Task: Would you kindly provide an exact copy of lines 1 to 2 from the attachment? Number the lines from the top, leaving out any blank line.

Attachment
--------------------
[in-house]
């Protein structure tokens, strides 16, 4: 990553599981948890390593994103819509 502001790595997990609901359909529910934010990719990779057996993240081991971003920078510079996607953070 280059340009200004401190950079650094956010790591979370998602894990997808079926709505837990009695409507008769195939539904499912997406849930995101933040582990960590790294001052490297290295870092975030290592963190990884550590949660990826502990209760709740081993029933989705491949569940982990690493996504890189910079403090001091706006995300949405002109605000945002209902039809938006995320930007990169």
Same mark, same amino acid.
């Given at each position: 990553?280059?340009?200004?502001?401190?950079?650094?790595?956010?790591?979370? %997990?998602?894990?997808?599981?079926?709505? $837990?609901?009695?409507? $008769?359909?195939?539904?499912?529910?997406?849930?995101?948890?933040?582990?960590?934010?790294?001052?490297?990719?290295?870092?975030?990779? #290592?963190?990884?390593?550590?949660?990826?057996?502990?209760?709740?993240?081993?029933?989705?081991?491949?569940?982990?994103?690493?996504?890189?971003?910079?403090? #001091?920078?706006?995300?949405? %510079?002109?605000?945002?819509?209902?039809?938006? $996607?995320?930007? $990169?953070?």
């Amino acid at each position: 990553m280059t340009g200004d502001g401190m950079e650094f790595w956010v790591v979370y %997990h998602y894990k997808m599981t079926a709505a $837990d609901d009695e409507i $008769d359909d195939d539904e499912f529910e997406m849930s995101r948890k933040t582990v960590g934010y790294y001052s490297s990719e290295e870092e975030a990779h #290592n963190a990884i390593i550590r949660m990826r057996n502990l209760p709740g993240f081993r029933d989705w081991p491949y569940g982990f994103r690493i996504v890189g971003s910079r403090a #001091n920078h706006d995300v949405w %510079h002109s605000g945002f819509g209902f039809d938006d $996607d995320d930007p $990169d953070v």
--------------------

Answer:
[in-house]
């Protein structure tokens, strides 16, 4: 990553599981948890390593994103819509 502001790595997990609901359909529910934010990719990779057996993240081991971003920078510079996607953070 280059340009200004401190950079650094956010790591979370998602894990997808079926709505837990009695409507008769195939539904499912997406849930995101933040582990960590790294001052490297290295870092975030290592963190990884550590949660990826502990209760709740081993029933989705491949569940982990690493996504890189910079403090001091706006995300949405002109605000945002209902039809938006995320930007990169």